The National Capital Authority's recently publicised intention to sell Anzac Park East and Anzac Park West – the Portal Buildings – into private ownership is an unforgiveable betrayal of the national capital and the Australian nation.
What nation would put its most highly venerated and historic national vista at risk by allowing this site to pass out of national hands? Imagine, if you can, the British nation agreeing to the sale of part of Whitehall or the United States, the home of capitalism and small government, selling part of the Washington Mall.
Consider Washington DC, a planned city, a little over 100 years older than Canberra. Washington DC's urban design is its defining characteristic, and the National Capital Planning Commission, as the federal government's planning agency for the capital and the surrounding region, continues a 200-year legacy of planning with the Washington Framework Plan.
The organisation and funding of the National Capital Planning Commission is enviably well structured and fully transparent; the regular commission meetings are open to the public. The central national ceremonial area is sacrosanct, public realm.
Our Australian federal government representatives should organise its emulation here. Americans have produced a publication about Washington entitled Worthy of the Nation. Our flagship, our national capital must be worthy of our nation, our national dignity and presence in the world.
For heritage classification the Portal Buildings have been located immediately outside the boundary used to define the "Parliament House vista" listed in the Commonwealth Heritage Register. Nevertheless the immediacy of this location entails heritage responsibilities for the Commonwealth under the AHC Act and listing recognises them as an extension of the Parliament House vista".
Anzac Park East and West are listed in the Commonwealth Heritage Register in their own right, but unhappily heritage legislation, and particularly its enforcement, is unlikely to fully protect them against determined neglect or other adverse impacts that may be the intention or perceived necessity of private ownership over time – even the perceived necessity to on-sell to foreign ownership.
The buildings have been considered functionally undesirable and obsolete as office space for Commonwealth purposes for some years. The Statement of Significance for the buildings does not place value on their function; their significance for future generations lies in their form, mass height, architectural modelling, symmetry and distance apart, all of which were most carefully considered for the optimal result in relation to the War Memorial and Mount Ainslie.
Importantly these buildings are intentionally not attention-grabbing. They were intended by the eminent British planner William Holford, later given a peerage for his contribution to British planning, to frame the vista commensurate with the changes made to Walter Burley Griffin's vision. These attributes are still pertinent in the vista Australians enjoy from Commonwealth Place, the site that historically Lord Holford favoured for the Parliament House and from which Holford's alumni in Australia based their considerations.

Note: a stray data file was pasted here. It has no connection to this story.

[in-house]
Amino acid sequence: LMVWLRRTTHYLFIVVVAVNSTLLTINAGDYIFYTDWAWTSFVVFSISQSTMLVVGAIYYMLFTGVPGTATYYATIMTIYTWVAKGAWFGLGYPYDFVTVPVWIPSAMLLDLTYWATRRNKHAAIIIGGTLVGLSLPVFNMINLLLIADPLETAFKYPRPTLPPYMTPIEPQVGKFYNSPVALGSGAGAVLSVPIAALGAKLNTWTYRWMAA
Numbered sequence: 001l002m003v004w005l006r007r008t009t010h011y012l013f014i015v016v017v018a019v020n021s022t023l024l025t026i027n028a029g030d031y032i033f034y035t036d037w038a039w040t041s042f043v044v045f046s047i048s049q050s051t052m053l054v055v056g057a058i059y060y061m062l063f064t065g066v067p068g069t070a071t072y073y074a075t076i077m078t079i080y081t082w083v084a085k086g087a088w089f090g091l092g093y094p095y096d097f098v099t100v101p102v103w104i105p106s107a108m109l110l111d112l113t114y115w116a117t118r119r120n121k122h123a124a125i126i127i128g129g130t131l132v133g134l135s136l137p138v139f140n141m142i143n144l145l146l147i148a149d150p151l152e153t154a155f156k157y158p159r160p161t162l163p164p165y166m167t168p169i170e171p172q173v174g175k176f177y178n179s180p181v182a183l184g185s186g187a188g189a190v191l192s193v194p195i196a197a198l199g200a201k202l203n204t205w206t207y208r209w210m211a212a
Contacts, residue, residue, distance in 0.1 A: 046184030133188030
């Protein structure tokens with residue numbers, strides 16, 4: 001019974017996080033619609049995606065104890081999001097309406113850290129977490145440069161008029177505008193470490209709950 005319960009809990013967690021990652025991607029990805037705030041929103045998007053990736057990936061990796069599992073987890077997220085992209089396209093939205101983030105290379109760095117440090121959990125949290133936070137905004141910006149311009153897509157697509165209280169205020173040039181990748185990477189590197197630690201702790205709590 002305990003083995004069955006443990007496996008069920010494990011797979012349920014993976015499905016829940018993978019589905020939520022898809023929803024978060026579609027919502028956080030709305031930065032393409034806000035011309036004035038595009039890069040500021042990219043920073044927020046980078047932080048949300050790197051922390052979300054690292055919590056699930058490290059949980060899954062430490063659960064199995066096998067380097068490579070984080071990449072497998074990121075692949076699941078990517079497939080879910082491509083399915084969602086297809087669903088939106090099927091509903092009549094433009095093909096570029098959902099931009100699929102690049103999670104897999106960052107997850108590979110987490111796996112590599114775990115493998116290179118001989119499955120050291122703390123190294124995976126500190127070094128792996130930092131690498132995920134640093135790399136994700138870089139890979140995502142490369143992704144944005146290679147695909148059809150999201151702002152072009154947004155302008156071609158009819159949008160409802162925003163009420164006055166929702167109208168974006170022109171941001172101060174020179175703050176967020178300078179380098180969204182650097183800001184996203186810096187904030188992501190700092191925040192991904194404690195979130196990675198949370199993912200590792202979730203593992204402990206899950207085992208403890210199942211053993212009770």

Holford's idea took in the realities of Anzac Parade and the needs of science and innovation, a totally different concept from that of Walter Burley Griffin, who designated this land for a National Opera House and a National Theatre. Griffin's cultural enrichments for the National Triangle and the city of Canberra, if built now, would upstage the War Memorial and Anzac Parade, the focus of the National Vista as conceived by the federal government at the end of the First World War.
The Parliament House vista from its height on Capital Hill is now a "set piece" taken from the land axis alignment experienced at the vista-framing opening on the Queen's Terrace. However other dynamics of scale relationship with the War Memorial and Mount Ainslie and with the buildings of the Parliamentary Triangle need careful consideration for different positions along the vista, one of them Commonwealth Place, which are arguably often frequented and a very important part of this national experience.
The replacement of Anzac Park East and West may be considered reasonable for reasons of function. Most important: it is in the public interest that this is done with the retention of national ownership and public consultation.
Intentions to depart from the form, height and so on established for Anzac Park East and West should be fully tested, for example with a mock up, viewed from different positions along the vista over a period suitable to allow public consultation. The outcome will be an important part of the design brief for the new buildings and needs to be organised before demolition and any development of a notional design.
Functionally, the new buildings need to perform a needed national role, one that will enhance the values expressed within the National Triangle and one that is suited to their conservation for future generations. The awarding of the design commission needs careful consideration.
Rosemarie Willett is an architect and member of the Walter Burley Griffin Society.